It was liberty he wanted, not rapine, and he did his utmost to restrain his lawless followers from acts of violence.
"Historic Tales, Volume 11 (of 15)" by Charles Morris
When only nineteen, he translated from the Latin, Rapin on Gardens.
"On the Portraits of English Authors on Gardening," by Samuel Felton
I have offended you by checking your rapine.
"Eastern Tales by Many Story Tellers" by Various
Echard and Rapin are silent, both as to the event and as to the locality.
"Notes and Queries, Number 208, October 22, 1853" by Various
They had neither race, nor creed, nor aspirations, but only an unhallowed lust for the fruits of rapine.
"The Cattle-Baron's Daughter" by Harold Bindloss
It is all full of lies and rapine; The prey departeth not.
"Select Masterpieces of Biblical Literature" by Various
Notwithstanding, what is their life and religion but incessant murder, robbery, rapine and other horrible outrages?
"Commentary on Genesis, Vol. II" by Martin Luther
Night is, in fact, their true time for rapine and desperate deeds.
"The Plant Hunters" by Mayne Reid
The troops were drunk with victory and rapine.
"Great Men and Famous Women. Vol. 5 of 8" by Various
It would only be a repetition of the same tale of rapine, plunder, murder, and devastation.
"Genghis Khan, Makers of History Series" by Jacob Abbott
Of streets with human gore made red,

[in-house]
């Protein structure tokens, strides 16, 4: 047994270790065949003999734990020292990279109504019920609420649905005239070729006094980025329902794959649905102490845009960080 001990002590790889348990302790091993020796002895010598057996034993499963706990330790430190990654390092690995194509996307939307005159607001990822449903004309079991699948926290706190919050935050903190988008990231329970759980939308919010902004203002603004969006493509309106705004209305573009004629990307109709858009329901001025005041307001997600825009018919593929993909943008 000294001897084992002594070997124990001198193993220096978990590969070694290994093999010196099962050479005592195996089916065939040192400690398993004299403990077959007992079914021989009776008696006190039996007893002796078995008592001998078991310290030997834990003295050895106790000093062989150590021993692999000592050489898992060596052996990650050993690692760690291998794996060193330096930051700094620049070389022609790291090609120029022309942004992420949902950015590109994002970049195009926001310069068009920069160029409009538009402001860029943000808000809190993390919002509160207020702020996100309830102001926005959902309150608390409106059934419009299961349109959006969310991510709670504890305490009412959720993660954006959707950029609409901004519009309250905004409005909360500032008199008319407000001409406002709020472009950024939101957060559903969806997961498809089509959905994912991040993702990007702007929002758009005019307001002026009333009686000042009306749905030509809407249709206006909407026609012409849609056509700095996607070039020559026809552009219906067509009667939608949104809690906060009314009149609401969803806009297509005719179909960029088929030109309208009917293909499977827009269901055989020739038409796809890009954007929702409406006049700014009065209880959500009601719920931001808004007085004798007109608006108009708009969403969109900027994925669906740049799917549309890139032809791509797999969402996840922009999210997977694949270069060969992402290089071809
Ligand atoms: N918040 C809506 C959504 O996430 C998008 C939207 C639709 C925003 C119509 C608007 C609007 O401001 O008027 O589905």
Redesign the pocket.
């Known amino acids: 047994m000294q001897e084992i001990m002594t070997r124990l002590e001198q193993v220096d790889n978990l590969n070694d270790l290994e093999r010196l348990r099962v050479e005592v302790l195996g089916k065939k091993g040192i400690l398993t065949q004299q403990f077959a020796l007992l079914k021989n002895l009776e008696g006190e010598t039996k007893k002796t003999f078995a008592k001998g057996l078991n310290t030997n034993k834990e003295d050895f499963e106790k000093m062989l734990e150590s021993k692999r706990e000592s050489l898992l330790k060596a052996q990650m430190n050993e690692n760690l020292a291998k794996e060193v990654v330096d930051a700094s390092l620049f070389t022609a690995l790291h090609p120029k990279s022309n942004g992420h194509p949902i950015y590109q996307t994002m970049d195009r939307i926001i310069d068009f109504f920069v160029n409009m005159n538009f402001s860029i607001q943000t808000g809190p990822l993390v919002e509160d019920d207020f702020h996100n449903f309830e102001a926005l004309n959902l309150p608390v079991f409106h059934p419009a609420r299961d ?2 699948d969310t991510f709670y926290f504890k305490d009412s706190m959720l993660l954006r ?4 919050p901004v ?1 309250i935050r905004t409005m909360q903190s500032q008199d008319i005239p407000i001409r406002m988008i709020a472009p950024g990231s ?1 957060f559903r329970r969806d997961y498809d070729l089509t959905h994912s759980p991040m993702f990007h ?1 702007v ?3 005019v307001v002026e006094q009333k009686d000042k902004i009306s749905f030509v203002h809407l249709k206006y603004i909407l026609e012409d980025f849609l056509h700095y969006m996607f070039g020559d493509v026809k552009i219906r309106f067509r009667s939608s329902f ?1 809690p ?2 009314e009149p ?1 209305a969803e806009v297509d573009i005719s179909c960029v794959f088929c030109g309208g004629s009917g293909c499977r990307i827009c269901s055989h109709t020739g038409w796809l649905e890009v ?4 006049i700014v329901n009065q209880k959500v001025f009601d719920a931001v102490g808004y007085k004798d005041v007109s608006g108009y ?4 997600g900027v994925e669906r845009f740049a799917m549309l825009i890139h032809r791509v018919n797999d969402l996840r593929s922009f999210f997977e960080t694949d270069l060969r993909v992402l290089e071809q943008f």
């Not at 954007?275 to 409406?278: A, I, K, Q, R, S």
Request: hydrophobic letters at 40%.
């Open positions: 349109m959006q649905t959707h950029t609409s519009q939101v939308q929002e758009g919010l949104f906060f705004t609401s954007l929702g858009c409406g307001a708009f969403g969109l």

Of priests upon the altar slain;
The scenes of rapine, woe and dread,
That fill the warrior's horrid train.
"Yes! Strike Again That Sounding String" by James Monroe Whitfield
"She witchd my brother to a carlish boore,
And made him stiffe and stronge;
And built him a bowre on magicke grounde,
To live by rapine and wronge.
"The Marriage of Sir Gawaine" by Anonymous British
This is the sin against the Holy Ghost:
This is the sin no purging can atone:—
To send forth rapine in the name of Christ:—
To set the face, and make the heart a stone.
"The Unpardonable Sin" by Vachel Lindsay
"Yet in their face superior beauty glows;
Are smiles the mien of Rapine and of Wrong?
Yet from their lip the voice of mercy flows,
And even religion dwells upon their tongue.
"Elegy XX. He Compares His Humble Fortune With the Distress of Others" by William Shenstone
No Envy there, a bloodhound grim,
Pursues us on our way;
The eye of Avarice is dim;
There Rapine does not prey.
We leave, in that blessed pilgrimage,
Age, and the woes that wait on age.
"A Dirge" by Peter John Allan
Who, when terror and doubt thro' the universe reign'd,
While rapine and treason their standards unfurl'd,
The heart and the hopes of his Country maintain'd,
And one kingdom preserv'd 'midst the wreck of the world.
"The Pilot That Weath'd The Storm" by George Canning